The contribution provided by this paper is based on a miniaturized optical system that generates millimeter waves without electrical-to-optical (EO) conversion or optical-to-electrical (OE) conversion. The proposed system is a Y-shaped coupler with two inputs, each having a very high-bandwidth Bragg filter (the two bands are slightly different). Both inputs of the couplers will lead to a single output [26].

In this paper, we propose a new all-optical system to generate the 60 GHz millimeter-wave band, based on the beat of the wavelengths reflected by a narrowband Bragg filters.

The optical beat achieved by Bragg filters shows performance by comparing with other recently used techniques for the generation of millimeter carriers such as laser beats [27]. Narrowband Bragg filters can give well-defined frequencies, the thing that gives good results in terms of quality factor and BER. On the other hand, the proposed system is an all-optical system; the optical devices replace the electronic components especially the E/O or O/E converter used in other 60 GHz millimeter systems which use the optoelectronic oscillator [28].

The frequency interval of the coupled spectra generates a 60 GHz signal, with flow rates of 5 Gbit/s and 10 Gbit/s, for a BER less than 10−9 and distances up to 50 km.

2 Generation of radio frequency signals on optical fiber by optical beat detection

The technique of microwave generation by optical beat detection is based on photodetection of the mixture of two optical waves whose frequency interval is equal to the desired frequency as shown in Fig. 1.
Fig. 1

Generation and transmission of microwave carrier by optical beat detection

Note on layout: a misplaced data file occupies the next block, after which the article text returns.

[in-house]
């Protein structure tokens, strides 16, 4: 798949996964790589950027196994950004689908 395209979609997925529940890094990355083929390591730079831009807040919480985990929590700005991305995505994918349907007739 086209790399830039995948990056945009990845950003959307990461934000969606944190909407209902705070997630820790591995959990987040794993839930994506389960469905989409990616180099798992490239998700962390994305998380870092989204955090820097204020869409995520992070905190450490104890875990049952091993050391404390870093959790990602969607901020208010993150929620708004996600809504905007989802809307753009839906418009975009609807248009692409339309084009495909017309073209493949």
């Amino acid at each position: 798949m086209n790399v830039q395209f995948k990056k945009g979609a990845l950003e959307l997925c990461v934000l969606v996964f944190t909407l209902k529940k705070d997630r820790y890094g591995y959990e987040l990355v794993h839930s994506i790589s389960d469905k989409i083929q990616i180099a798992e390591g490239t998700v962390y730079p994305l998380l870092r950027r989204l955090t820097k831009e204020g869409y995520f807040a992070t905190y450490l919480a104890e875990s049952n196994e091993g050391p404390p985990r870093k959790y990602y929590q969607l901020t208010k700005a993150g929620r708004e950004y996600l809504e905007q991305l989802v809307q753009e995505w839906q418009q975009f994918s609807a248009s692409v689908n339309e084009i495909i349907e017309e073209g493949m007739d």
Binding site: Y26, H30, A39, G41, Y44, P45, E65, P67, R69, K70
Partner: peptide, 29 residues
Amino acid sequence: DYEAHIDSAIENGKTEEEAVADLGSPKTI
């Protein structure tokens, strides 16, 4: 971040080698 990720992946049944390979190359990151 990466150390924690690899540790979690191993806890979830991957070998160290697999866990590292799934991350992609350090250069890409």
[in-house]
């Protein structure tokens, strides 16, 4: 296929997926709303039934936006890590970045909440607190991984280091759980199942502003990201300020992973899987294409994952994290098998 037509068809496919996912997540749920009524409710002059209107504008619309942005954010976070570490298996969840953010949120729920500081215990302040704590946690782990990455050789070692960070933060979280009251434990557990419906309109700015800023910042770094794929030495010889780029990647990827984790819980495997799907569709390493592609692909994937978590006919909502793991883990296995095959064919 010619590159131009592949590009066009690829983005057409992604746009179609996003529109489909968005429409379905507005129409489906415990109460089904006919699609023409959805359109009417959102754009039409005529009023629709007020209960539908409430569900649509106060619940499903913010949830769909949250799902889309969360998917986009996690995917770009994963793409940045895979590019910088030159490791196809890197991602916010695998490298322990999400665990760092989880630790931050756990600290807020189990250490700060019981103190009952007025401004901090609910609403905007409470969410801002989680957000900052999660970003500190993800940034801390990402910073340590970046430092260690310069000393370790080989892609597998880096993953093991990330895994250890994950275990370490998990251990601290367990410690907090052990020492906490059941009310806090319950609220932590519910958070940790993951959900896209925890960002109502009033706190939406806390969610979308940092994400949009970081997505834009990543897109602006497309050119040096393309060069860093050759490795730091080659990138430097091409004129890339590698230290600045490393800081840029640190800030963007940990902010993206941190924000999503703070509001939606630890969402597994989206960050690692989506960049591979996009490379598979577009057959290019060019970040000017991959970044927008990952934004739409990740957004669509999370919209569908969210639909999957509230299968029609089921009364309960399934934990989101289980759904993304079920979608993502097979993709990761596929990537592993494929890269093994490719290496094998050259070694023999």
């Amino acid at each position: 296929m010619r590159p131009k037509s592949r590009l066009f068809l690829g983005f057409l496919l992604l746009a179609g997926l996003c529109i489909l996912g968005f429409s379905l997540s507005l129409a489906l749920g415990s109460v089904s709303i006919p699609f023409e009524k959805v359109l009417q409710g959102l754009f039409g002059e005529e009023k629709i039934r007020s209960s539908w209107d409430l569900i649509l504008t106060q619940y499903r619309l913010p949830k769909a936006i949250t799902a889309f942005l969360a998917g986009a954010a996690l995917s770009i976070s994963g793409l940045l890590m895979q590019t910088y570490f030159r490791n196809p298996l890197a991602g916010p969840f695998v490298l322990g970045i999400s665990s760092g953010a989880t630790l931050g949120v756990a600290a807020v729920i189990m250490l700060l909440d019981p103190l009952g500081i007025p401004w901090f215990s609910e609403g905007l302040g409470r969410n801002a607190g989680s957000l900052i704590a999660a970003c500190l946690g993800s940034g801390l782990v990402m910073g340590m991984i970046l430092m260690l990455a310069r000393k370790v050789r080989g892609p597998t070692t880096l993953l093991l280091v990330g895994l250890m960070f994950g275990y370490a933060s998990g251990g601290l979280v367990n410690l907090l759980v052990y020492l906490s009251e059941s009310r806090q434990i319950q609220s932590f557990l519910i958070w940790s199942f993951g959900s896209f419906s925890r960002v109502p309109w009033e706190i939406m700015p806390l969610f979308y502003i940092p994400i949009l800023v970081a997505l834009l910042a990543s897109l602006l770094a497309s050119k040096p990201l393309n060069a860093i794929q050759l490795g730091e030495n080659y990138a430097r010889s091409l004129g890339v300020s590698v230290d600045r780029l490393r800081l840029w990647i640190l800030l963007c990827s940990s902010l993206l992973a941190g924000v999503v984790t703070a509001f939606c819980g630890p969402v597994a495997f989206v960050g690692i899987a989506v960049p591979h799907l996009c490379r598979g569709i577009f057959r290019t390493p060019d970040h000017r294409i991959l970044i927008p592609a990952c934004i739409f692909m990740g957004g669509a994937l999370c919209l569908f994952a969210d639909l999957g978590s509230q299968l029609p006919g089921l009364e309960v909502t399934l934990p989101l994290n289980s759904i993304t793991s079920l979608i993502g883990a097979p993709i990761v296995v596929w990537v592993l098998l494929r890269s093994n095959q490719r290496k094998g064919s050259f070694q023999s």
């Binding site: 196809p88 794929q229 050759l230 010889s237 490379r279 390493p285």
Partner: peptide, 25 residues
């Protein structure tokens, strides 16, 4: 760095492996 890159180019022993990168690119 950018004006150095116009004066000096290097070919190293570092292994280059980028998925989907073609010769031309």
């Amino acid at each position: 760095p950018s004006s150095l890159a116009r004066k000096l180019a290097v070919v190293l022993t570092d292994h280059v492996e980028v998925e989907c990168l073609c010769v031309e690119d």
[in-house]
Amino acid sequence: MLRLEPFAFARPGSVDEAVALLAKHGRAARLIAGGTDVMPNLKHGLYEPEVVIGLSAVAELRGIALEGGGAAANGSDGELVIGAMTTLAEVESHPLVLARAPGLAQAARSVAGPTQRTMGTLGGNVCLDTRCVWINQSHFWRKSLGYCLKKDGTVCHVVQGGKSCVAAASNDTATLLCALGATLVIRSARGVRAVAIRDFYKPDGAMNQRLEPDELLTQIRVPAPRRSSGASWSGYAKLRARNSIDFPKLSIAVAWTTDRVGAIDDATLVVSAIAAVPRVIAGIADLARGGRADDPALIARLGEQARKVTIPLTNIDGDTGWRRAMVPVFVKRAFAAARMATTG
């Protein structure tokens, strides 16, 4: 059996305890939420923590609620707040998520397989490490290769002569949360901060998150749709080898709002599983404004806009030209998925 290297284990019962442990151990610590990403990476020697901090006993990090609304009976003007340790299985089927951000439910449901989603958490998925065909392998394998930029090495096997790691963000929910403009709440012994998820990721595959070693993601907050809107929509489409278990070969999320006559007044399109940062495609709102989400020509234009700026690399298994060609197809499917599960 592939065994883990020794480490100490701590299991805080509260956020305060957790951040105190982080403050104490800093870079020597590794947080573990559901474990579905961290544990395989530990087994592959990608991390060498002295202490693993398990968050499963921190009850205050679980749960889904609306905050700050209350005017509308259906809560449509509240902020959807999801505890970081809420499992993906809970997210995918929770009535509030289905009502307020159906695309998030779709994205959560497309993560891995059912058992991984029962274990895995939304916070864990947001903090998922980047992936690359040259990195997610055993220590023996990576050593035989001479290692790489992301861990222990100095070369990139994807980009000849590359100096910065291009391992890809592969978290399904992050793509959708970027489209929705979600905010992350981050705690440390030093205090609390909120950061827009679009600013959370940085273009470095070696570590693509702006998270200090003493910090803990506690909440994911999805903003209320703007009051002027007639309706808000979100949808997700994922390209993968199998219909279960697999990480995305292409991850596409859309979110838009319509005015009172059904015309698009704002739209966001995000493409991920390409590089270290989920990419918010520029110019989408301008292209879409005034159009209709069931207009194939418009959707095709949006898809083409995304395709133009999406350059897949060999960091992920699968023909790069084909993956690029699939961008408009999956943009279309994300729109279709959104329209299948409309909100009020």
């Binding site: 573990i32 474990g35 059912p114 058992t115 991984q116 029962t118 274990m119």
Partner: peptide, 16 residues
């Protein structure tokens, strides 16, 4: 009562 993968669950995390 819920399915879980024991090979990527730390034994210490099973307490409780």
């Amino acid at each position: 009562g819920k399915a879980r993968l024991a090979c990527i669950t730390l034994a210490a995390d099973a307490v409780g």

If two lasers, respectively, emitting the frequency λ1 and λ1 + ∆λ, are used with a respective optical power P1 and P2, the photodetector receives a continuous power proportional to the sum of the optical powers and a microwave power proportional to \(\sqrt {P_{1} P_{2} }\).
$$I_{PD} =\sigma_{PD} \left\{ {\left( {P_{1} P_{2} } \right) + 2\sqrt {\left( {P_{1} P_{2} } \right)} \cos \left( {2f_{RF} t + \phi_{2} \left( t \right) - \phi_{1} \left( t \right)} \right)} \right\}$$
with σPD being the sensitivity of the photodetector and \(\phi_{1}\) and \(\phi_{2}\) the respective phases of lasers 1 and 2.

The 60 GHz millimeter-wave system proposed in this paper is based on the optical beat technique that replaces the lasers with a narrowband Bragg filters which will be slave filters with a master laser. The Bragg filters each hang on one of the sidebands of the master laser.

3 Narrowband Bragg filter

Bragg reflectors have been the subject of development of many applications in the field of optical communication systems. Bragg gratings (BGs) are used to provide narrow spectrum filters, couplers, mirrors, sockets and sensing elements that define the required basic functions. Another area for the use of the Bragg filters is that of wavelength multiplexers and demultiplexers that make in-line optical filters, particularly band-pass filters and wavelength-specific reflectors.